In similar fashion the Tosafot (Menachot 106a) cite in the name of the Arukh:


Keeping off the raven… sharp points were set in to the roof of the sanctuary to keep the ravens away, so that they not perch on it… The Arukh further explained: In the first Temple, where the Shekhina rested, it was not necessary to keep off the ravens, for birds did not fly over it. But in the second Temple, the sanctity of which was not like the sanctity of the first Temple, it was necessary to keep off the ravens.


            The Chatam Sofer in his novellae to Bava Batra (3a) regarding the verse, "The glory of this latter house shall be greater than that of the former" (Chaggai 2:9),[6] may have had a similar idea in mind:


In the first Temple, the Shekhina and the tablets [of the law] were the main thing and the Temple itself was secondary, like a peel to a fruit. In the second Temple, however, which was missing these things, the glory of the Temple itself was more essential. In this matter it is the latter [house], for in the third Temple, may it speedily be rebuilt in our days, the glory of God will be in it in stronger force, and the Temple itself will be secondary to it.


            We see then that not only does the size and splendor of the second Temple not stand in contradiction to the absence of the Shekhina, but rather they follow from it.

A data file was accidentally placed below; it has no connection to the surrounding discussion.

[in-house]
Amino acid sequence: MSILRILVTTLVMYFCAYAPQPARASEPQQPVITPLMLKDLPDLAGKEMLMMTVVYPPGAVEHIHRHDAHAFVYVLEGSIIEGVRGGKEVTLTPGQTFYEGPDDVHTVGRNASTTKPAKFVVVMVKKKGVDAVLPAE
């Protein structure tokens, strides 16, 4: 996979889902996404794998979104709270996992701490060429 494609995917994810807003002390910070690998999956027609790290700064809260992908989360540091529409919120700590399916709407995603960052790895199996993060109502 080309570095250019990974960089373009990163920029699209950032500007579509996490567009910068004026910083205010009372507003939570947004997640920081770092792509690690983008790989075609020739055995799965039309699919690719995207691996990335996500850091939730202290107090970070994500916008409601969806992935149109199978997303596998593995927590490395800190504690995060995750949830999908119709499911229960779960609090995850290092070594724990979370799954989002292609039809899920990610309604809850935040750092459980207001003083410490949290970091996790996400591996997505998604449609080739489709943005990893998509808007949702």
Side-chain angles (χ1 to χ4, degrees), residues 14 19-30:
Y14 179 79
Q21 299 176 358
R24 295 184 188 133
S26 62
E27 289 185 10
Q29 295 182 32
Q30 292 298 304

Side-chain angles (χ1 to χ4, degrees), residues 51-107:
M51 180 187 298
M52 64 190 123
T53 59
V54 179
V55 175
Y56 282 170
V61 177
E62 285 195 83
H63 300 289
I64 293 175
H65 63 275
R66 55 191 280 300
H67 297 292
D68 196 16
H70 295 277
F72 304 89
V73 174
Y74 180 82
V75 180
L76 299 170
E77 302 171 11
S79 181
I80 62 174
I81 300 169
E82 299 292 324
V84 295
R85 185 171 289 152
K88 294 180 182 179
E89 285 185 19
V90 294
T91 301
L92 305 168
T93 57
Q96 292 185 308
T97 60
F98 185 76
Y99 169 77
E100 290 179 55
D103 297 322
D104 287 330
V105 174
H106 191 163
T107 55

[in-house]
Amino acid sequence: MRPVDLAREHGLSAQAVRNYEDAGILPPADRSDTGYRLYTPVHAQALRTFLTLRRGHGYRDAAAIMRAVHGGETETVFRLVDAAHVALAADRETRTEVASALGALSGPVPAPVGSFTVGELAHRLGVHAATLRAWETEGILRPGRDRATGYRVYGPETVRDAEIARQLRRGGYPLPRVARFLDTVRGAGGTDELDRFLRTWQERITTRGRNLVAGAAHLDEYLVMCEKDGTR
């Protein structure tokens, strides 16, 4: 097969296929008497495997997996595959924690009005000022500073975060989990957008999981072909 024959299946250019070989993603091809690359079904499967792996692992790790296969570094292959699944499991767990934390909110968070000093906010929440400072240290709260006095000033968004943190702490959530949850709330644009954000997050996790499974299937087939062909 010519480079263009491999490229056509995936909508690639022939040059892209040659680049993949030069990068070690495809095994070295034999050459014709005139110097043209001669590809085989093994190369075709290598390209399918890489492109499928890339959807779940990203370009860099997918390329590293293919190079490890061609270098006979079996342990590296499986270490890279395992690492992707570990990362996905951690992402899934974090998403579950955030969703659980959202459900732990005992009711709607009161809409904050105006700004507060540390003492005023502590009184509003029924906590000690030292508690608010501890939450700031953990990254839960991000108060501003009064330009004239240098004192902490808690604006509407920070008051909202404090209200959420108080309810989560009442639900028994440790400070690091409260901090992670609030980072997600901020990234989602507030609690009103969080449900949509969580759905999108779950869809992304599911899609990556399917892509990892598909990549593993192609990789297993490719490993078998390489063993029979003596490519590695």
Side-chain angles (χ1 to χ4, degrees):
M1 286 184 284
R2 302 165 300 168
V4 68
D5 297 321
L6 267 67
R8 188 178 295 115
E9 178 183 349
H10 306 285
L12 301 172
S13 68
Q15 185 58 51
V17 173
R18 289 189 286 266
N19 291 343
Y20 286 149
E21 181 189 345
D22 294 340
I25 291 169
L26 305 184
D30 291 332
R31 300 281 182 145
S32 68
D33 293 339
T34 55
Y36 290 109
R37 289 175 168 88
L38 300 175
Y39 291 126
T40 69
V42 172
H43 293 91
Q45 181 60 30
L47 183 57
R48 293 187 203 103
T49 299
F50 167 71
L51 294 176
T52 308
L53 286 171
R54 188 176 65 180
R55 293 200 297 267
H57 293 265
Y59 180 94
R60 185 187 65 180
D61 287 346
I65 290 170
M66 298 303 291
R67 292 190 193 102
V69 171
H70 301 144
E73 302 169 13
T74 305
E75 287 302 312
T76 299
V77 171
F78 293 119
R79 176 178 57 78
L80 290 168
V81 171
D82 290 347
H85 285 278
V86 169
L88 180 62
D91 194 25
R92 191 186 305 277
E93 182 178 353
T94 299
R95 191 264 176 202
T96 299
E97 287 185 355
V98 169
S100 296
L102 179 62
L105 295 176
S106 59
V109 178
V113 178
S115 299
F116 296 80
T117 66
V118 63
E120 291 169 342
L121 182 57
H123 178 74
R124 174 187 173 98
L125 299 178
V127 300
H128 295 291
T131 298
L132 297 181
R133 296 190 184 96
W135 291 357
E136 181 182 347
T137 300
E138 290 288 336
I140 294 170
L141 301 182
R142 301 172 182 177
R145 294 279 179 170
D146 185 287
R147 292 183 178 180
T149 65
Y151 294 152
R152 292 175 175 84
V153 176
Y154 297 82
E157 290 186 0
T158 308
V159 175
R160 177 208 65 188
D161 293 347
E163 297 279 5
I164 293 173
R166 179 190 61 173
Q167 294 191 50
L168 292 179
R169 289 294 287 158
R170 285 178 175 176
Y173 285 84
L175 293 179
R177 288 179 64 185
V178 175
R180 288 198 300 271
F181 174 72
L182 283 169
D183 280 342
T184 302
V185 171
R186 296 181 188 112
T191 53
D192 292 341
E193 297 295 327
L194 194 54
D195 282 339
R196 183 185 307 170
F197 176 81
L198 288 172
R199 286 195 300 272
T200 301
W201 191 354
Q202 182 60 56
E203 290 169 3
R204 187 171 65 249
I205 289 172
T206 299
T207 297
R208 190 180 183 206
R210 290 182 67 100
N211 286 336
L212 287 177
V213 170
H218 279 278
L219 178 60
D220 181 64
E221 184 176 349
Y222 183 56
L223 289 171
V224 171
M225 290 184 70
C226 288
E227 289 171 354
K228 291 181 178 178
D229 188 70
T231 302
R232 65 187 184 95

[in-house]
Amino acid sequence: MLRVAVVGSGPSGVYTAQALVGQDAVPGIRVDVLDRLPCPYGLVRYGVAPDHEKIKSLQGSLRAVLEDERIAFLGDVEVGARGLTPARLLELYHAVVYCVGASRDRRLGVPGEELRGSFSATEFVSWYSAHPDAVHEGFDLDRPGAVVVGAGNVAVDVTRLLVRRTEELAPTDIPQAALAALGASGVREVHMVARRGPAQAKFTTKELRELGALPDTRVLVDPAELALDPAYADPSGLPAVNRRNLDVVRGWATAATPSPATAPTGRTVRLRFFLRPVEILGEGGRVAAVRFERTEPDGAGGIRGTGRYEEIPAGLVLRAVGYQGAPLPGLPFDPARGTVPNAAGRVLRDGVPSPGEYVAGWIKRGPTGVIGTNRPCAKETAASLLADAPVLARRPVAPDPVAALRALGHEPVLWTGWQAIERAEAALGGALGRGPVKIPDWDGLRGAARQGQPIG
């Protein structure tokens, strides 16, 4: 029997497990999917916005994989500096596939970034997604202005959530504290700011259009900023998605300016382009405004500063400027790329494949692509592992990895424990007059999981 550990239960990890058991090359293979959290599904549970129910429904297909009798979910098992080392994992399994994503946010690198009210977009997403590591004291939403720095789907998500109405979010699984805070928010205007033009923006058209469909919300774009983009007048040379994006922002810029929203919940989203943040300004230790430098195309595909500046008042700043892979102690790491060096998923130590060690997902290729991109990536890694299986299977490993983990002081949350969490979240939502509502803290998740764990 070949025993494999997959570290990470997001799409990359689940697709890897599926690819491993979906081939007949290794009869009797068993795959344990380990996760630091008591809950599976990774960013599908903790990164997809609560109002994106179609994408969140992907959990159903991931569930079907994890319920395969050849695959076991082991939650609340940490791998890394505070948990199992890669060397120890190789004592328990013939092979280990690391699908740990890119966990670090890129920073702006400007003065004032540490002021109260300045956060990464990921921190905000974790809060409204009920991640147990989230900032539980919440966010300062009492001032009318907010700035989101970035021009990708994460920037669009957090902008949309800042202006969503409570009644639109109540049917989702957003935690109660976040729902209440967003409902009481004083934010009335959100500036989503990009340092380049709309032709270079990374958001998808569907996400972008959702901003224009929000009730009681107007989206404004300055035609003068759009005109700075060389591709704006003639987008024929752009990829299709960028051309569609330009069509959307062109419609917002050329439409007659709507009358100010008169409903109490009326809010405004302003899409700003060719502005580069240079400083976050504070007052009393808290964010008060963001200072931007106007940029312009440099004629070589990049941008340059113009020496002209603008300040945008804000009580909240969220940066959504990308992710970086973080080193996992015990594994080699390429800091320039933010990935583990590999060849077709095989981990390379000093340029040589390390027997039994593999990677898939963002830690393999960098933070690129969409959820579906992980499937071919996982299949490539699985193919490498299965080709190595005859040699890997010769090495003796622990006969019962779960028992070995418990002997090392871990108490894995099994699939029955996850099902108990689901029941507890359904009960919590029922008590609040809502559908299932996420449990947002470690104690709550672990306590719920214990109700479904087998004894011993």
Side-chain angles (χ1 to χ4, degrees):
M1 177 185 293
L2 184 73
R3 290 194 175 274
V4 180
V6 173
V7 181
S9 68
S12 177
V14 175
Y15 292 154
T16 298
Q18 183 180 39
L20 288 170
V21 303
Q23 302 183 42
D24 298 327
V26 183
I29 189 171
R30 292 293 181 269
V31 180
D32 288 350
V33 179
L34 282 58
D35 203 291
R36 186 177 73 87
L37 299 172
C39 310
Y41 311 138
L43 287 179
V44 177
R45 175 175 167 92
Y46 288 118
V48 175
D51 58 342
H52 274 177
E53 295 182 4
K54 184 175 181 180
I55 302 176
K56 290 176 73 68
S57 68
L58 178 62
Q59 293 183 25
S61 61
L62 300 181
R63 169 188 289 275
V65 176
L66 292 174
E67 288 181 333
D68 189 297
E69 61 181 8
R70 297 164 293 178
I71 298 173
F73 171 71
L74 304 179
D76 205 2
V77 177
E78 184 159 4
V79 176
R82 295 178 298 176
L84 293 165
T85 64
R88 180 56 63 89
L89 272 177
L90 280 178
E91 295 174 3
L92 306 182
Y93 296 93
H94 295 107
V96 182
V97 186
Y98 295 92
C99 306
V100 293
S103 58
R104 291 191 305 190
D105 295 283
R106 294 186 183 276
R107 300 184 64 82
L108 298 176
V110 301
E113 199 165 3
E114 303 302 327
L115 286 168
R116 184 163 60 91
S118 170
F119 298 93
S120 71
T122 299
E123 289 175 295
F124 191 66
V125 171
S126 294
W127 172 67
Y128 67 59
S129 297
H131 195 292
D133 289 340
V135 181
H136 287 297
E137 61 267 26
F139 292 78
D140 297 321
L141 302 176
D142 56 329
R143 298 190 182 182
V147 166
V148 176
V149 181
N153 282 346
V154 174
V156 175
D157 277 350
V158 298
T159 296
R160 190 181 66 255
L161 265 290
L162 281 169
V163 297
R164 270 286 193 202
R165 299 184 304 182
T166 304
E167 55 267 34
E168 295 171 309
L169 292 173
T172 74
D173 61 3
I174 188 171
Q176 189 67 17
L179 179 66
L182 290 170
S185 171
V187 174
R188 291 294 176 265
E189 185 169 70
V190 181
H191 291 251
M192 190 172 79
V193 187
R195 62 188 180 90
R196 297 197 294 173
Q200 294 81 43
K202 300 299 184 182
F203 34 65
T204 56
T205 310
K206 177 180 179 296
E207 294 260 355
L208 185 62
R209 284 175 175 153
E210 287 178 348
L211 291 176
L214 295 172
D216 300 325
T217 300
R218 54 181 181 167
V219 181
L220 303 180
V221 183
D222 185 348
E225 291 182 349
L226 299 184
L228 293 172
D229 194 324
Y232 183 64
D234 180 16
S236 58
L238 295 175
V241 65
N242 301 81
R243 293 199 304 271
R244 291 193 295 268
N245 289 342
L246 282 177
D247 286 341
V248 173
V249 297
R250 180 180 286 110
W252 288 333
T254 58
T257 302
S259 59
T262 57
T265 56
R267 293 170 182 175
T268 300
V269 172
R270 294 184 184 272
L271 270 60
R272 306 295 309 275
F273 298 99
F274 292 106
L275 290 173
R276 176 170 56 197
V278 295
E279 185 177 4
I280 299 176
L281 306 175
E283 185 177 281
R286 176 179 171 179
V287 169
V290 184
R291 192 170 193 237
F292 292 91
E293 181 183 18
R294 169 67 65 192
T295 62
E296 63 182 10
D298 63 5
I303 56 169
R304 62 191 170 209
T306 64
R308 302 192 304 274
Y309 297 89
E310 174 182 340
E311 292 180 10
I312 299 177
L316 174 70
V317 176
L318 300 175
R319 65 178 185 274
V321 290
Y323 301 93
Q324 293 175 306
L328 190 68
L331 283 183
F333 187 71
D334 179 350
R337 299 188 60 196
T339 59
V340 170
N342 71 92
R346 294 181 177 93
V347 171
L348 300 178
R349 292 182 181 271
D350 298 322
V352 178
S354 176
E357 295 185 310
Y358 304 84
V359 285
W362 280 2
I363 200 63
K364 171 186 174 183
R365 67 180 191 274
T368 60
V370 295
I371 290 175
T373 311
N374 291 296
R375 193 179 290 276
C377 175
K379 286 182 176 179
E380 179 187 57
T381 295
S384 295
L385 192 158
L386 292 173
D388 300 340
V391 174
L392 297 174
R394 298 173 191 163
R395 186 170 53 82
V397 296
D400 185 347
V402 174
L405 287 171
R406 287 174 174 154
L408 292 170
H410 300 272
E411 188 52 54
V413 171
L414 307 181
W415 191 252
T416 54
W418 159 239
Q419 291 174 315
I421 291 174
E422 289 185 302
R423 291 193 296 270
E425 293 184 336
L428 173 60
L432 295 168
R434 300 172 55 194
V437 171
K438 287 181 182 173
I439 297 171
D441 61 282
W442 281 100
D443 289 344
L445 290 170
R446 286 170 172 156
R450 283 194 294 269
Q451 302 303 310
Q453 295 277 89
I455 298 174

In this shiur we continued our discussion of the fundamental differences between the first and second Temples as they are reflected in the words of Chazal regarding the distinctive points of each of the Temples and the causes of their destruction. We also clarified the meaning of the abolition of the inclination for idol worship.


(Translated by David Strauss)

[1] The sources in this section are taken from Rav Moshe Odas's book, Bi-Levavi Mishkan Evne, Jerusalem 2006, chapter "Bein Bayit Rishon le-Bayit Sheni," p. 374ff.

[2] The connection between the Written Law and prophecy is clear.

[3] Rabbi Kook expanded on this relationship between the Written Law and the Oral Law in his Orot ha-Torah, chap. 1, letter 1.

[4] See also his commentary to Shemot 20:19-20; 40:36.

[5] The three sources that follow are cited by Rav Moshe Odas; see note 1.

[6] I was pointed to this source by Rav Moshe Odas; see above note 1.